Michigan taxpayers sometimes make mistakes when filing returns, but only become aware of the mistake at a later date. Some taxpayers choose to amend their returns when this happens. But whether actually amending your return is the correct course of action depends on your individual circumstances.
In some instances, errors on returns are due to errors in making calculations or forgetting to include particular forms when filing your taxes. Whether you should amend primarily depends upon what sort of information requires correction, and what your intent was when filing.
How Do You Recognize The Need for an Amendment?
Amendment of a return may not be necessary in fixing a mathematical error. Generally the IRS will correct such errors for you. Likewise, if you failed to supply a form such as a schedule or W-2, amendment may not be necessary. The IRS often processes returns without such forms or will ask you for the form at a later date.
If you’re struggling to understand whether or not you should file a return, don’t worry. You’re not alone. The IRS has a handy tool you can use to help you determine if you need to file an amended return.
Should You "Supersede"?
In some circumstances, it is possible to file with the IRS a “superseding” return. This means filing a return in place of the original filing. This is only allowable if you file the superseding return prior to the due date, however. In doing this, you also run the risk of causing confusion among officials regarding which return is legitimate.
What Are The Timing Requirements of Amending a Return?
There are also timing requirements surrounding the filing of an amended return. Such a return requires filing within either three years of the original filing or two years from whenever you actually paid the taxes. The later of the two dates is what the IRS will look at as a deadline.
Filing an amended return does not restart the three-year limitations period. This is important to remember if your amended return shows you owe even more money. In such a situation, the IRS will assess what you owe within 60 days of the amended return filing.
When Should You Expect Your Amended Return Back?
Amended returns can take a while to get back to you. Typically, amended returns should be back in your hands in 16 weeks.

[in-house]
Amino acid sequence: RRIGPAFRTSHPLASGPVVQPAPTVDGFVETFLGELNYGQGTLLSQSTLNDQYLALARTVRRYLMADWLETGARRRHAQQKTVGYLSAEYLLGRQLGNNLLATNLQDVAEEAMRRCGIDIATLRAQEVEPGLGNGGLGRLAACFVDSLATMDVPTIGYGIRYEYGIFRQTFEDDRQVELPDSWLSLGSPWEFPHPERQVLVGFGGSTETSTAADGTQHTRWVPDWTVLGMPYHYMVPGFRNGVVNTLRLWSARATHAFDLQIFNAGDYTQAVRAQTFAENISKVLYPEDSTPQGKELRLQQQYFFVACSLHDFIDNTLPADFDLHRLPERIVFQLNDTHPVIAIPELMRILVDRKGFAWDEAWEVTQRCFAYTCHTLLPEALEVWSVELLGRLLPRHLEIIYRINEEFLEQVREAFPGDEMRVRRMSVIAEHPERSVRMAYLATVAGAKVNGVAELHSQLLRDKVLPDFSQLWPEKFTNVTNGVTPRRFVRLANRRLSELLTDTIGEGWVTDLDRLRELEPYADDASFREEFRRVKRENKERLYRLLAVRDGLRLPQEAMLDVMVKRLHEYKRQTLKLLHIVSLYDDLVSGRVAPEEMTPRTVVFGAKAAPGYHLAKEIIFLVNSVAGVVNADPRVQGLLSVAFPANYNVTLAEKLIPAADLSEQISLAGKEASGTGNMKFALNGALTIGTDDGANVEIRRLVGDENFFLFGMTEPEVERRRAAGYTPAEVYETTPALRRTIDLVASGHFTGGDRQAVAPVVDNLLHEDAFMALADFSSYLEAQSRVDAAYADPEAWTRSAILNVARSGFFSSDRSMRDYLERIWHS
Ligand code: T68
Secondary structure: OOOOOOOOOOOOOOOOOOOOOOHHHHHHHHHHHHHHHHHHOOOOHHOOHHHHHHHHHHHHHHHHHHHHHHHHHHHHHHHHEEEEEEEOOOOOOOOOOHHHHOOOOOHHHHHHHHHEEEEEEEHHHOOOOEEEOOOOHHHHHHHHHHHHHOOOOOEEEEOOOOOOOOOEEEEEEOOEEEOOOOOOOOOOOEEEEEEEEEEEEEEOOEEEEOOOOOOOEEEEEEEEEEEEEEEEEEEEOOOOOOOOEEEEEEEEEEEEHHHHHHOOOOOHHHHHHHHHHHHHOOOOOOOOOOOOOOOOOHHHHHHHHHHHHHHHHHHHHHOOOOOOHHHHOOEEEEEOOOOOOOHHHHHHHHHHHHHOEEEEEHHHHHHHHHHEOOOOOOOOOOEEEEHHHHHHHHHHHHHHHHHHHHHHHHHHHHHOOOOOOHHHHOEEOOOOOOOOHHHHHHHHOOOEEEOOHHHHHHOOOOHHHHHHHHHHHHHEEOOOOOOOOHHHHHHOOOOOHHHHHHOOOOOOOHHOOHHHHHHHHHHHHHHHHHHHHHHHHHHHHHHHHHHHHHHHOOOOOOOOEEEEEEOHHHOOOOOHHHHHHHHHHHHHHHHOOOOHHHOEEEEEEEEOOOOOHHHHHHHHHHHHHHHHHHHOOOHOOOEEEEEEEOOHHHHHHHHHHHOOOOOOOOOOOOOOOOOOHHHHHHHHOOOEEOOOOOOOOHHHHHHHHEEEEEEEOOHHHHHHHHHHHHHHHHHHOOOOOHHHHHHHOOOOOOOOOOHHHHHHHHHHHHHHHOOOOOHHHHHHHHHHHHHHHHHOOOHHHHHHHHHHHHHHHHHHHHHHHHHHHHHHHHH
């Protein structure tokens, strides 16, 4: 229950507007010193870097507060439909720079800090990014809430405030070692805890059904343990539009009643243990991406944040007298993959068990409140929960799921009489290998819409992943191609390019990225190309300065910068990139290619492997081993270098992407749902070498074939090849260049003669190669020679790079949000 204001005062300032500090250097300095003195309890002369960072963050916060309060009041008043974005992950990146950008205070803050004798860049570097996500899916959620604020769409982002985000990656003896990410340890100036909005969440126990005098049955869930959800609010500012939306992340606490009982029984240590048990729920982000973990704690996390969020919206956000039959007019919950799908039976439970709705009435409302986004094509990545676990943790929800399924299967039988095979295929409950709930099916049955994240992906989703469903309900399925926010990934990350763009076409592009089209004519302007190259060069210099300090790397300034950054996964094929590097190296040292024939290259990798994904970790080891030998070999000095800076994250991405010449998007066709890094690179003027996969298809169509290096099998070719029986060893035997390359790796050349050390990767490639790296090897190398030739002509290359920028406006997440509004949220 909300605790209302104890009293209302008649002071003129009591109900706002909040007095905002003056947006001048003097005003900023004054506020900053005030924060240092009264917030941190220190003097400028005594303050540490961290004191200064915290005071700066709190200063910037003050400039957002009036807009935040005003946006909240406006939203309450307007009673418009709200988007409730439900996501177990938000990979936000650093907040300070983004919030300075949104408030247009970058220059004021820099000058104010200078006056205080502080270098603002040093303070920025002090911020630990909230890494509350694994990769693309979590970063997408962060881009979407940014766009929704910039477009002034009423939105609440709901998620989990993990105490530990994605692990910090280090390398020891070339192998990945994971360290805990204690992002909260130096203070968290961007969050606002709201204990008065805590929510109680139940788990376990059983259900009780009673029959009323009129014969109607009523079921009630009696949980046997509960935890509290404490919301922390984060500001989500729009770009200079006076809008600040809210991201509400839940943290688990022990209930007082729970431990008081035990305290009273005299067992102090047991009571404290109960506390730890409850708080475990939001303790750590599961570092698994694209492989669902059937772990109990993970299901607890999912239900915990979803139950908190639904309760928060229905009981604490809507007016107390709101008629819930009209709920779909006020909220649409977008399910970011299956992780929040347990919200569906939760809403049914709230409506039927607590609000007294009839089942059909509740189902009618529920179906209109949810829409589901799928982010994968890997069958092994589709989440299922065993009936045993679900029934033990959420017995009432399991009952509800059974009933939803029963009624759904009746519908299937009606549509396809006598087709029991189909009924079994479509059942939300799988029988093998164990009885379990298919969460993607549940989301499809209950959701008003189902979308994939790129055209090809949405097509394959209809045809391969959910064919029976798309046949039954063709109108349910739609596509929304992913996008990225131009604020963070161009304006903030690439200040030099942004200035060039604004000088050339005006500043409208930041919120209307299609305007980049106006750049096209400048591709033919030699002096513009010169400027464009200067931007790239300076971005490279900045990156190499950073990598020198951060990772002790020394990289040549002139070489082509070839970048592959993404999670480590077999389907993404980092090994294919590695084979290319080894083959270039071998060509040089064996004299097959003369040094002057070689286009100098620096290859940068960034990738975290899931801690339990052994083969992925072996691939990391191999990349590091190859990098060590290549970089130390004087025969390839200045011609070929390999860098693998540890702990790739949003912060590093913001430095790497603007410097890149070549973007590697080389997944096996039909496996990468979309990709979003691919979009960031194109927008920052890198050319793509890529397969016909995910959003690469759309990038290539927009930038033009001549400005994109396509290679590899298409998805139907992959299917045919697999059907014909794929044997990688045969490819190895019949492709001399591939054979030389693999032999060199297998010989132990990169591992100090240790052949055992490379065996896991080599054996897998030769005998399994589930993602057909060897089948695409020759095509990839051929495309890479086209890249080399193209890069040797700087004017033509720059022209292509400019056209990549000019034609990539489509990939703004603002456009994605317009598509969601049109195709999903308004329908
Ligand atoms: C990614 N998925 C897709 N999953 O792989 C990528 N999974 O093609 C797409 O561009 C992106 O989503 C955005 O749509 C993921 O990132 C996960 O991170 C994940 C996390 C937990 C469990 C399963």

If you’ve passed the 16 week mark and are wondering where your return is, you can contact the IRS to find out what happened to your return.
If you’ve had multiple amended returns in the past you can check for past amendments as well. This shouldn’t typically be needed, but for rare circumstances it can clear up an amendment mystery.
Delays in Receiving Your Amended Return
Some situations can cause delays in receiving your amended return back.
A few of these situations include:
- Your amended return has errors
- You didn’t complete your amended return
- You forgot to sign the return
- The IRS requested more information from you to complete processing
- Your amendment includes a Form 8379, Injured Spouse Allocation
- Identity theft or fraud impacted your amended return
These issues are quick fixes, and require a little more of your time to get your return back in your hands.
Some other situations can also cause delays, however. These instances may be:
- If your return needs to be sent to a specialized department
- The IRS bankruptcy area needs to clear your return
- A revenue office must approve the return
- Your amendment requests a reconsideration or appeal of an IRS decision
Not sure if those situations applies to you? You can relax. The IRS will let you know if more information is needed to properly process your return.
Were You Aware of Inaccuracies When Filing The Original Return?
If you were aware that your original return contained inaccuracies, you need to understand the consequences of filing an amended return. While filing an amended return can set the record straight, it is also possible that you may alert the IRS to the fact you filed a fraudulent return. This could lead to civil or criminal charges regarding fraud and tax evasion.
We suggest that you speak to an experienced tax attorney in such circumstances. You may be facing large fines and even jail time when facing criminal tax charges. The IRS has tremendous power and discretion in dealing with such matters.